What is the relationship between voltage, current, and electrical resistance?

The electric voltage (U) and electric current (I) are very different concepts, better known as voltage and current.

It is impossible to refer to electric voltage and electric current without mentioning the law of all laws, the Ohm's law, that has the following relation:


R: Electric resistance, in Ohm (Ω)
U: Electric voltage, in Volts (V)
A: Electric current, in Ampere (A)

Basically, the electrical resistance is the easiness or difficulty that the materials have, to opposed to the electric current passage. When is mentioned that a determined material has good electric resistance, it means that he opposes in a more effective way to the electric currents passage.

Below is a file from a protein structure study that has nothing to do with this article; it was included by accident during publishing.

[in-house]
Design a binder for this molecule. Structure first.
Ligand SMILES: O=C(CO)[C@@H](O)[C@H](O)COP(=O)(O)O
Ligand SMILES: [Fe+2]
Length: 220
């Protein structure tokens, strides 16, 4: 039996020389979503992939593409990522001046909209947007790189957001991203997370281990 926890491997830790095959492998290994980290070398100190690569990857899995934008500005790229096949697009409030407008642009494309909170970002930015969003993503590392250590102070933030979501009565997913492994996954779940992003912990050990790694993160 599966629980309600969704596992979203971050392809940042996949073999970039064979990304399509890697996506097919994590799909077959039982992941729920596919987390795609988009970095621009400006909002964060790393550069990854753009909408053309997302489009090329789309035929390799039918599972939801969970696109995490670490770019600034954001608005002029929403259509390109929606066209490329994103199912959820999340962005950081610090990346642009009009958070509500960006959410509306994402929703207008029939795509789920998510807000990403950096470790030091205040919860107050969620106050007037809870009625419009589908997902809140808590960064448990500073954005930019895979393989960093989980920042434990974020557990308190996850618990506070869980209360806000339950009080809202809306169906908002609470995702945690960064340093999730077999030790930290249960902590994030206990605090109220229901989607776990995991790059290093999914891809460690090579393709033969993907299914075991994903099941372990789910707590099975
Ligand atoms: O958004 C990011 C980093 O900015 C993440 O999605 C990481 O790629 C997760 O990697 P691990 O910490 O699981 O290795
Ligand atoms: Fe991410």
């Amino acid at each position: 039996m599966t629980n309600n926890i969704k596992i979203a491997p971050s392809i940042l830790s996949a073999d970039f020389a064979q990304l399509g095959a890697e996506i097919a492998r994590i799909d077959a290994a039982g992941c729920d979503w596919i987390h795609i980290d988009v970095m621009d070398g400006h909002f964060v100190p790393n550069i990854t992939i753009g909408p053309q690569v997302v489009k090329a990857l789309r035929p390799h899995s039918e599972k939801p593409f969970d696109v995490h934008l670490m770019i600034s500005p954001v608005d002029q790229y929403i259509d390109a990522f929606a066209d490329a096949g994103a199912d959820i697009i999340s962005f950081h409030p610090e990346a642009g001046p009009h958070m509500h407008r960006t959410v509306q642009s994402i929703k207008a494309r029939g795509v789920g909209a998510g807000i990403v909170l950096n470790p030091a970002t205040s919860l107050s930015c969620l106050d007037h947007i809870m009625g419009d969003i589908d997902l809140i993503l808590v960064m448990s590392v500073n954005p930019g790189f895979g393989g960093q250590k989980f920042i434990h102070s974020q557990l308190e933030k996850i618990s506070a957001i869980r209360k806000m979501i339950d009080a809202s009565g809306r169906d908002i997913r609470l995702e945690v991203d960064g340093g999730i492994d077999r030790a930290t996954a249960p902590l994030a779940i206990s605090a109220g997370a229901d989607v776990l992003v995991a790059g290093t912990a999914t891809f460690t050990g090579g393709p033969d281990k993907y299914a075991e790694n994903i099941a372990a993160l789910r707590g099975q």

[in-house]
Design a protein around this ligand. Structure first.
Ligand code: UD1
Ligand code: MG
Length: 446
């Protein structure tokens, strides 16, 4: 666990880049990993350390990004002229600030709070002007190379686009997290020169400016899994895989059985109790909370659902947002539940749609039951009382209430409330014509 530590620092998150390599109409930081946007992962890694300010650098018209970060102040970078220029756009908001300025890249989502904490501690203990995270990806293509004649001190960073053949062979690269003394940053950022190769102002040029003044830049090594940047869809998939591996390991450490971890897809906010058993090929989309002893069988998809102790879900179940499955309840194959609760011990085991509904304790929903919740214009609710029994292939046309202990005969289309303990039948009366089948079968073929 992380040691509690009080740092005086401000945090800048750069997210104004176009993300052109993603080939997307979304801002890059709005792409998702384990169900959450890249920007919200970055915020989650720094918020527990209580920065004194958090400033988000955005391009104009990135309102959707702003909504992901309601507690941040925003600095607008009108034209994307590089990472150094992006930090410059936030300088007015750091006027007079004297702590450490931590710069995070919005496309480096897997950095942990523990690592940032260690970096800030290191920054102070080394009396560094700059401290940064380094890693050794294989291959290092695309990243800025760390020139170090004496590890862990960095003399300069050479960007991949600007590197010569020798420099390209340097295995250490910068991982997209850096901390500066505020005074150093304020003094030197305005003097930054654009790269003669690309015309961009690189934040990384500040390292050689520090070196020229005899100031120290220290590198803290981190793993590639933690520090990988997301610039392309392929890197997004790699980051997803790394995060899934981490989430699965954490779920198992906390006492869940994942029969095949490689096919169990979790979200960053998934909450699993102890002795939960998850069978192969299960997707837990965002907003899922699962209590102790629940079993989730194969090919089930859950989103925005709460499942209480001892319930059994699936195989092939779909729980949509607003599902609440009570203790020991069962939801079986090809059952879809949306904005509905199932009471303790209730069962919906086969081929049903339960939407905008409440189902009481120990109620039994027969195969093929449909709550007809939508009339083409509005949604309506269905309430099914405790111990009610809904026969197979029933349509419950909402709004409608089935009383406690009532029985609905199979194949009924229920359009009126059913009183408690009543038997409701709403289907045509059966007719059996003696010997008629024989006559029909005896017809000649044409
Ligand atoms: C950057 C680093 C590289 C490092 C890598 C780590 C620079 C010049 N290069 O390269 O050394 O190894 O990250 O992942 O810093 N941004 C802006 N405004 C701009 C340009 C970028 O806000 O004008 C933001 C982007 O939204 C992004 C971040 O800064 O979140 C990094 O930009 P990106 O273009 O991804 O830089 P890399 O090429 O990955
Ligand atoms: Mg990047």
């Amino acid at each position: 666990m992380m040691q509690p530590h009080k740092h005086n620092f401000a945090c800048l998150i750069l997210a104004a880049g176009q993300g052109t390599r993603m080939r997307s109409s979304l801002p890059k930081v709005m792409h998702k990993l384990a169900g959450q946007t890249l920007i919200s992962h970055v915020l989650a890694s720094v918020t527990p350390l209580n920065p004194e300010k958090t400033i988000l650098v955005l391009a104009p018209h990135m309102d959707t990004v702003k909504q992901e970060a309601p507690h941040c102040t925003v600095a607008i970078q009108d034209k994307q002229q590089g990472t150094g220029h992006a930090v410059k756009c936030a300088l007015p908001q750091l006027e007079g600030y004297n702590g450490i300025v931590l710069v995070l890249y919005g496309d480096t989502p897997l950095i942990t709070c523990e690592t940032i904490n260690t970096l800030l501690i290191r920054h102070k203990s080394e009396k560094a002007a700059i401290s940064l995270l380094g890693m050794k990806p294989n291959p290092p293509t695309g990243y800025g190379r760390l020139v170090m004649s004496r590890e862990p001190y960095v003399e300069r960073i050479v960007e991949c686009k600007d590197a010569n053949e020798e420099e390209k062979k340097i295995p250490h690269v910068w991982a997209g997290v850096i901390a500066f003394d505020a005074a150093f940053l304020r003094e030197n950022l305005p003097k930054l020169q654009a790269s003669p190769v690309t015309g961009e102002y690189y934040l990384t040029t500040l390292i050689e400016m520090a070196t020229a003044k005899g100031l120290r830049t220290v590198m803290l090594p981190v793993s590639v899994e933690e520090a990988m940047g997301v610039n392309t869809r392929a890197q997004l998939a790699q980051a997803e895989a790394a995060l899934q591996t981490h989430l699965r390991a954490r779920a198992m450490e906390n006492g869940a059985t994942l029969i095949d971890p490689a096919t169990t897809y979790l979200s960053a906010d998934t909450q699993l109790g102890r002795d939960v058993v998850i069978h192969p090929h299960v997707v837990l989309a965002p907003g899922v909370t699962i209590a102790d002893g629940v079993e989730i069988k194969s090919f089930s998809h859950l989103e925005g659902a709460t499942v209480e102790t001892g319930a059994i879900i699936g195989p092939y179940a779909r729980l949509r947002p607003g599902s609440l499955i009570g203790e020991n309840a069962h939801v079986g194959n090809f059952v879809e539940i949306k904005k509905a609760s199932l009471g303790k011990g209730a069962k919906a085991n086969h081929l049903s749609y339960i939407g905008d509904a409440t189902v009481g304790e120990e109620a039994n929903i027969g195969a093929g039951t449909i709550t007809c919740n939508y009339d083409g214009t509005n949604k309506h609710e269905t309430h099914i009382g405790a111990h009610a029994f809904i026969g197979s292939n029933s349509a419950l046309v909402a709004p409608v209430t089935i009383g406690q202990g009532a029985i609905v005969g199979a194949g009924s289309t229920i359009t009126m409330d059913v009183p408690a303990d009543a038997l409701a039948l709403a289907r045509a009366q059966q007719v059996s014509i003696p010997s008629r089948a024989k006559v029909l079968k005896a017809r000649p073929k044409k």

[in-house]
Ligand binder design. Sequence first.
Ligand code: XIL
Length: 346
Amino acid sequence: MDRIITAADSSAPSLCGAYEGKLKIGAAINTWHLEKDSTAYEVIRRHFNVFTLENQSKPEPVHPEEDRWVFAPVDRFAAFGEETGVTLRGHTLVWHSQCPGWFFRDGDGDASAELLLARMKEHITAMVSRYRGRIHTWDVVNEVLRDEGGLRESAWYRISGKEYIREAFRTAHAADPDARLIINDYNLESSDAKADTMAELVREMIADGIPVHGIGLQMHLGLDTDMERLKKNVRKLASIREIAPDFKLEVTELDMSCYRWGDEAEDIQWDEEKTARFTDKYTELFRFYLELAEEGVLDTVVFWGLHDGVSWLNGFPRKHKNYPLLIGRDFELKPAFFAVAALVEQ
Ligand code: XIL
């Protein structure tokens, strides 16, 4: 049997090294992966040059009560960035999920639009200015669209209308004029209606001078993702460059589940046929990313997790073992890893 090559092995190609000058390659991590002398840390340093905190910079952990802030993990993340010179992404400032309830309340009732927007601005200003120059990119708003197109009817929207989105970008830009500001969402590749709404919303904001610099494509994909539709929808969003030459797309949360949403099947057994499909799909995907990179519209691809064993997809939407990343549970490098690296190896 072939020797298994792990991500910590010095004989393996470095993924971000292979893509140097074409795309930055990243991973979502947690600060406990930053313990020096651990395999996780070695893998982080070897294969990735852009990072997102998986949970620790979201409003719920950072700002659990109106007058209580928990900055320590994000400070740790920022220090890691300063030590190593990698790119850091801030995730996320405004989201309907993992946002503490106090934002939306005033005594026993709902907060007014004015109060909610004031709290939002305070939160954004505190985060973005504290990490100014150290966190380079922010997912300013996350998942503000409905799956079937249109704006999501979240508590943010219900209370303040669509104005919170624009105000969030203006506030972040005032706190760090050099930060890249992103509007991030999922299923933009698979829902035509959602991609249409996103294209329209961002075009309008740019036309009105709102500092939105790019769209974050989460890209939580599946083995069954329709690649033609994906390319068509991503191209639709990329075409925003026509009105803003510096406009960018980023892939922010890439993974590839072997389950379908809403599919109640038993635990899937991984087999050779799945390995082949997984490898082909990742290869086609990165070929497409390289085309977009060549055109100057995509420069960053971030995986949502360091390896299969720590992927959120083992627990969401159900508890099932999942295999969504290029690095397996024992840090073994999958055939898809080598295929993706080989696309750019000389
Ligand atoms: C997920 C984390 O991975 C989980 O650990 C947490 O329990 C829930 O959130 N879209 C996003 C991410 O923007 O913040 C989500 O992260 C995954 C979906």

To better understand, we can make an analogy with hydraulics. Considering a pipe that carries water, where the voltage corresponds to the water pressure. The current will be the water flow and the electric resistance will be the pipe diameter. In other words, if we increase the pipe diameter (we are reducing the resistance of the water passage) and if we keep the water pressure (voltage) we will get a bigger flow of water (current) passing through the pipe.


(Image example from HPAC, 2019)

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